Emotional intelligence (EQ) is critical to leadership. EQ is also a crucial part of your customer experience design and delivery. Today, we are discussing EQ, what it is, and how it helps your customer strategy and leadership.
Some of the best leaders have a higher EQ than IQ. Daniel Goleman’s work regarding Emotional Intelligence (EQ) has been an essential part of the leadership conversation since he published it years ago.
The same goes for customer service representatives. Having a high EQ is vital to customer service. In particular, the EQ of an individual is a crucial indicator of their success when it comes to the emotional management of customers.
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So, what is EQ? An oversimplified summary of EQ is how well you get on with people. The complete answer is what follows.
There are five realms of emotional intelligence that we will explore today. So, let’s start with the first one about knowing your emotions.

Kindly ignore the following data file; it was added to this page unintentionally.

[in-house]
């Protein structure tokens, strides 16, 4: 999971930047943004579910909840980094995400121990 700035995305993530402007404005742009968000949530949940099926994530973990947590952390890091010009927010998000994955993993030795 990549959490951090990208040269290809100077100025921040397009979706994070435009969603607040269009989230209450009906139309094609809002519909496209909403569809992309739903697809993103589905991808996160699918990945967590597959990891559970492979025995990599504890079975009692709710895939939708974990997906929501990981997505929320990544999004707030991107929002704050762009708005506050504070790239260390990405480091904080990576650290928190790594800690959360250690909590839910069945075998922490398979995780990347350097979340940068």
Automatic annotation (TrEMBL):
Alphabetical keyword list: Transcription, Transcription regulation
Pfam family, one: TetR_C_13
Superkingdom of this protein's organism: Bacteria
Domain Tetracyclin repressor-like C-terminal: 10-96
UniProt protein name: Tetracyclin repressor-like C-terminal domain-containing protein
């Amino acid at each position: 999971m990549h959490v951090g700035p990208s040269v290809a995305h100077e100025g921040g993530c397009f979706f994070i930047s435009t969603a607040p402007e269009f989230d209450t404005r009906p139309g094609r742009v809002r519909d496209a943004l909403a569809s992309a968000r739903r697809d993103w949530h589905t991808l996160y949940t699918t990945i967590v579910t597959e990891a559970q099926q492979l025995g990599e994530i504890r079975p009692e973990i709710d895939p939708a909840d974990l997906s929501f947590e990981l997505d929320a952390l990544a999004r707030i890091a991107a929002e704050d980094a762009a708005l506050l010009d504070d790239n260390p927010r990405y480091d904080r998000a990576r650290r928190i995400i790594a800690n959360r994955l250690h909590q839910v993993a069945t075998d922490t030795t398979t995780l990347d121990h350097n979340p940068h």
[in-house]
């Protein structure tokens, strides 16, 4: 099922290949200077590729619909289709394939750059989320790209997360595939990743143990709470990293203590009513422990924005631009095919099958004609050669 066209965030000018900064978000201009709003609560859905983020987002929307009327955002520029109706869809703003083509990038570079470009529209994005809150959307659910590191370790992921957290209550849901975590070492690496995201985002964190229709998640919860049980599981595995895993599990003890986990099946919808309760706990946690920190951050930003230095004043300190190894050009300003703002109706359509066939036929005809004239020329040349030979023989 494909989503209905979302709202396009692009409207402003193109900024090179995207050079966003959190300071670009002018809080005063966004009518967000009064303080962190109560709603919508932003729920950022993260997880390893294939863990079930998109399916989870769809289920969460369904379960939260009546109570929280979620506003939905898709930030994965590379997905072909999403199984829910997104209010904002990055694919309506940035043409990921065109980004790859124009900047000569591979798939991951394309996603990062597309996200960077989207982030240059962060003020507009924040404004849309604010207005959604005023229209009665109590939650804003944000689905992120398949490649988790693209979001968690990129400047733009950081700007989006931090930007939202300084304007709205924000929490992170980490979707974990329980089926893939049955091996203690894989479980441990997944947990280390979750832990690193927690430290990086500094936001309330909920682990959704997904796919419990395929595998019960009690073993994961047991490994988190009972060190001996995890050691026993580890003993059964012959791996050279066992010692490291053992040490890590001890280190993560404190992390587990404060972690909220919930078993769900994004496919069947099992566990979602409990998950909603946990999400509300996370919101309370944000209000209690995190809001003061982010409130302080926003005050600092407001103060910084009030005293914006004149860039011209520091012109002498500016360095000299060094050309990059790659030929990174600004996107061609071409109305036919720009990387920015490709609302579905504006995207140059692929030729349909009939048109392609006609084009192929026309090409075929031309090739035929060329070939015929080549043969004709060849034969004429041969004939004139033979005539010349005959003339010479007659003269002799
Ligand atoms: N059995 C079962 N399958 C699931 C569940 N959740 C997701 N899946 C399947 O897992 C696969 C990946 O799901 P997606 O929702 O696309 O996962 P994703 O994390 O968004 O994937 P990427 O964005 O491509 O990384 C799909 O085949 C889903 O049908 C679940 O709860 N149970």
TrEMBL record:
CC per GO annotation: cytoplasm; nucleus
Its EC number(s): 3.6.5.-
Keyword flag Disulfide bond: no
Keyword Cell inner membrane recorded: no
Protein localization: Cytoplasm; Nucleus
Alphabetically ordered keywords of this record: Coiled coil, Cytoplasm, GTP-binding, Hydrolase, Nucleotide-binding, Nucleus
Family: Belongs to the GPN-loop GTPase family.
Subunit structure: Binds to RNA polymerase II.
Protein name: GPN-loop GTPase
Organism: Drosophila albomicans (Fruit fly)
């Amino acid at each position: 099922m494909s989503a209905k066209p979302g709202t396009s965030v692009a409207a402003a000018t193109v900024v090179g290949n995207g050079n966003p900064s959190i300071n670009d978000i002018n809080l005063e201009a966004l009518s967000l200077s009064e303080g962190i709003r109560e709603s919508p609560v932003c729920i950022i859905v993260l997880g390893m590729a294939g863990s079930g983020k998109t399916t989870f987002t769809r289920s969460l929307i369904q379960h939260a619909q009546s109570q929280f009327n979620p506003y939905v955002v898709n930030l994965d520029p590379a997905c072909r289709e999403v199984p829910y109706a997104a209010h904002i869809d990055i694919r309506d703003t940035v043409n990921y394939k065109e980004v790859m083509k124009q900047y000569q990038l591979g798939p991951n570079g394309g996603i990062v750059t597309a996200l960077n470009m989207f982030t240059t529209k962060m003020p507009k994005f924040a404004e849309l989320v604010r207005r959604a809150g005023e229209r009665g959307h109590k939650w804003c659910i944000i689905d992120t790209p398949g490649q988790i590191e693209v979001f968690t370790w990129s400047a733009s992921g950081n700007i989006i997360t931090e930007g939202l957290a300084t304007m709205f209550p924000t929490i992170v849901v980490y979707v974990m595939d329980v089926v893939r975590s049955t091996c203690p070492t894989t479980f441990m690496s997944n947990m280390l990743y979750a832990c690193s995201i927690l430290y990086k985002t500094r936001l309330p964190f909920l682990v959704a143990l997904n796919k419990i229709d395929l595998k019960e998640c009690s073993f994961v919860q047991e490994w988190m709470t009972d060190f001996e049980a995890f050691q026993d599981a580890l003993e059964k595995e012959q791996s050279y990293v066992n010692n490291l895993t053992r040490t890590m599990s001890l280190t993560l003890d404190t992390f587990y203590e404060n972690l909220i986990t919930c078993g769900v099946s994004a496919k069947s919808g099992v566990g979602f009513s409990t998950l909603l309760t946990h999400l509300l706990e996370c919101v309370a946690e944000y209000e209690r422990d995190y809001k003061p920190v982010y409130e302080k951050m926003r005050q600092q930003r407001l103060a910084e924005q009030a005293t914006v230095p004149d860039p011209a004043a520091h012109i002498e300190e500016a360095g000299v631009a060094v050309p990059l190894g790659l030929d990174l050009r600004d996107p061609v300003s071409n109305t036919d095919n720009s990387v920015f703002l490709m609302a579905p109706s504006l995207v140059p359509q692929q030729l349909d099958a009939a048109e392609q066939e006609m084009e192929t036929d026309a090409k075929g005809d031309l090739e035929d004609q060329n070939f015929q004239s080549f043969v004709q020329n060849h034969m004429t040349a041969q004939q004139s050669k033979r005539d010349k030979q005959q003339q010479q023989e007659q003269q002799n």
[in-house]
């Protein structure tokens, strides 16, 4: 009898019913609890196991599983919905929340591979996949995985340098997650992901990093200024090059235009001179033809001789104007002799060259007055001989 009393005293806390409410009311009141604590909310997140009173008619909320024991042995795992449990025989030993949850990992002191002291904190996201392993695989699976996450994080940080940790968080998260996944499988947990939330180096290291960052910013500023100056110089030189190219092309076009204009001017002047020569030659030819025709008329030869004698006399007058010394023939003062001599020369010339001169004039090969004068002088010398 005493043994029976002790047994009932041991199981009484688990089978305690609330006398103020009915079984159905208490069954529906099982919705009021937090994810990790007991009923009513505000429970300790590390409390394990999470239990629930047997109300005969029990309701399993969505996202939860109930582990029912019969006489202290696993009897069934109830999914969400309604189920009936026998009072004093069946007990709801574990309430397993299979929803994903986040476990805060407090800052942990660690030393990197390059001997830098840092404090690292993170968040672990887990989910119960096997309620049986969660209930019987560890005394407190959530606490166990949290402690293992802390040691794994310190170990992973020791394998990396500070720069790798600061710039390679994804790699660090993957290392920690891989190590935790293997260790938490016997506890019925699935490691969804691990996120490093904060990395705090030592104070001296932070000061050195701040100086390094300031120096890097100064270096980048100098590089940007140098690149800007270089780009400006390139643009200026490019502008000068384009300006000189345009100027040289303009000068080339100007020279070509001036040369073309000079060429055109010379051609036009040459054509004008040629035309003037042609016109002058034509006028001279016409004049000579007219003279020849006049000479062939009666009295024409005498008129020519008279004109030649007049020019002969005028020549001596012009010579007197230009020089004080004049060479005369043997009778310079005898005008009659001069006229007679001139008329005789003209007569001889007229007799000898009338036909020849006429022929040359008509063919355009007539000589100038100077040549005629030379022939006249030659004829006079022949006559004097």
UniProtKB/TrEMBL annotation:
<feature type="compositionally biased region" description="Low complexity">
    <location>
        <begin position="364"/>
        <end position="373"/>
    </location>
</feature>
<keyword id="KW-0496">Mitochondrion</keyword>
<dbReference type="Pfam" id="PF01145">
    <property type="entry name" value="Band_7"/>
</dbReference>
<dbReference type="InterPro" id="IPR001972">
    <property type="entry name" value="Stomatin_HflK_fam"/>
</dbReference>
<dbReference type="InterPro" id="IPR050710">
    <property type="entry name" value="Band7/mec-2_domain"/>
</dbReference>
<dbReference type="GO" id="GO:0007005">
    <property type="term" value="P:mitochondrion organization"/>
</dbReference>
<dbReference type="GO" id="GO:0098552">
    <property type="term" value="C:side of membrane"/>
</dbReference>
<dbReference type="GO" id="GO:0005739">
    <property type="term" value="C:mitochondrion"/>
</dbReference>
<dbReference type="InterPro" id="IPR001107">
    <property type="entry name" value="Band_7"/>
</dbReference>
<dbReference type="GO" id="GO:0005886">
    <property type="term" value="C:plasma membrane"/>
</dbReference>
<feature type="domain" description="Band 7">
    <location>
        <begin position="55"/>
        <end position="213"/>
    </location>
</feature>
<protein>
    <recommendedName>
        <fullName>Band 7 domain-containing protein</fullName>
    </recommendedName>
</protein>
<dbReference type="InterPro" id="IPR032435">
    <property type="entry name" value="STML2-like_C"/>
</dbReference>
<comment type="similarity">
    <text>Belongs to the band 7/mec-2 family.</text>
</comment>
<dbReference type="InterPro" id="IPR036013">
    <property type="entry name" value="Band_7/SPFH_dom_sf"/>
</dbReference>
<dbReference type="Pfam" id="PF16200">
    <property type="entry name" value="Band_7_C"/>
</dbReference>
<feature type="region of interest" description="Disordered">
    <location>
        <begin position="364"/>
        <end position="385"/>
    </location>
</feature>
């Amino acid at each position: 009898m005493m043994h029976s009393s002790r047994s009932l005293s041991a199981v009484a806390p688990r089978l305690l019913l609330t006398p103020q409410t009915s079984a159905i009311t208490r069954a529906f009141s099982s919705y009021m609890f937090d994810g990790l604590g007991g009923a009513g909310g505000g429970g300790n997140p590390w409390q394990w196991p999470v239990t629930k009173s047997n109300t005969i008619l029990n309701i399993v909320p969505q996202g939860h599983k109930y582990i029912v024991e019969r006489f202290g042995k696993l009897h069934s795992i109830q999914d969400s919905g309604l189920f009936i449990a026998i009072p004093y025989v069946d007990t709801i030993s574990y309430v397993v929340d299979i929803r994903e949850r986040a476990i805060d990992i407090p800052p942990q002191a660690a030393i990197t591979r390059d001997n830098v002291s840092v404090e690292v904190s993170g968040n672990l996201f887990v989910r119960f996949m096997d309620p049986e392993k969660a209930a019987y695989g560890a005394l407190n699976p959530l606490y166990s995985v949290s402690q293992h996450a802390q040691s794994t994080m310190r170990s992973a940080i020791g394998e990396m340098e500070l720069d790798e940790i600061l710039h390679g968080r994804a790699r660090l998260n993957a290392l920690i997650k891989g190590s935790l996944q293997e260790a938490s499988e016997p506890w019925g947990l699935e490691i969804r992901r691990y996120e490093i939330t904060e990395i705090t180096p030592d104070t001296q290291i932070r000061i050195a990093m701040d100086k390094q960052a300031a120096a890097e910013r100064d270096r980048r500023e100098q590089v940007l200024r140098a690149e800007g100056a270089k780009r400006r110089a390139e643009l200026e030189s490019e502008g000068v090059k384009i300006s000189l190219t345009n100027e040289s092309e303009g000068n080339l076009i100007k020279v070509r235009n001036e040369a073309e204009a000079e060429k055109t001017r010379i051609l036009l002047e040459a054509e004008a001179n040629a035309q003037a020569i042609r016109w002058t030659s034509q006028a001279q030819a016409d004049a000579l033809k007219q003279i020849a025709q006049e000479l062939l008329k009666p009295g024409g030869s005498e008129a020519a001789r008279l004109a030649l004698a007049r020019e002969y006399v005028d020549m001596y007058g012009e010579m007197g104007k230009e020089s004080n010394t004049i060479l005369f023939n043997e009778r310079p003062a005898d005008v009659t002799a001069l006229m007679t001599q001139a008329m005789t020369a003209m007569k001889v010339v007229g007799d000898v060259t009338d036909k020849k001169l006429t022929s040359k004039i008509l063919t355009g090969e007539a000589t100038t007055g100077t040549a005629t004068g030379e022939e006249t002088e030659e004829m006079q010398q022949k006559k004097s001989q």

EQ Realm #1: Know your emotions.
Knowing your emotions is effectively knowing how you feel, from stressed to annoyed to happy. So, it’s knowing how you feel as an individual. One of the things I’ve become good at is understanding myself.
If you want to lead people, the first thing you have to do is understand yourself. I knew I didn’t understand myself when I first heard that, so I figured out why.
Many years ago, I participated in a 360-degree feedback event, where your team and others filled out a questionnaire about you and participated in various events. Then, in the end, you get your results from your peers, your team, and everyone else.
One of the most exciting things about this experience was that I didn’t recognize the person they described. I didn’t think I was like that. Some things were better than I thought, and some were worse.
For example, I learned that things I was saying and doing impacted people in ways I hadn’t intended. For example, my British sense of humor is to tease my colleagues. We say things we don’t mean to get a rise from each other. However, you can’t do that with everybody. Especially when you first meet someone, you can’t act like this immediately. They might get the wrong idea or not realize you are joking. That was something that occurred in my 360-evaluation exercise.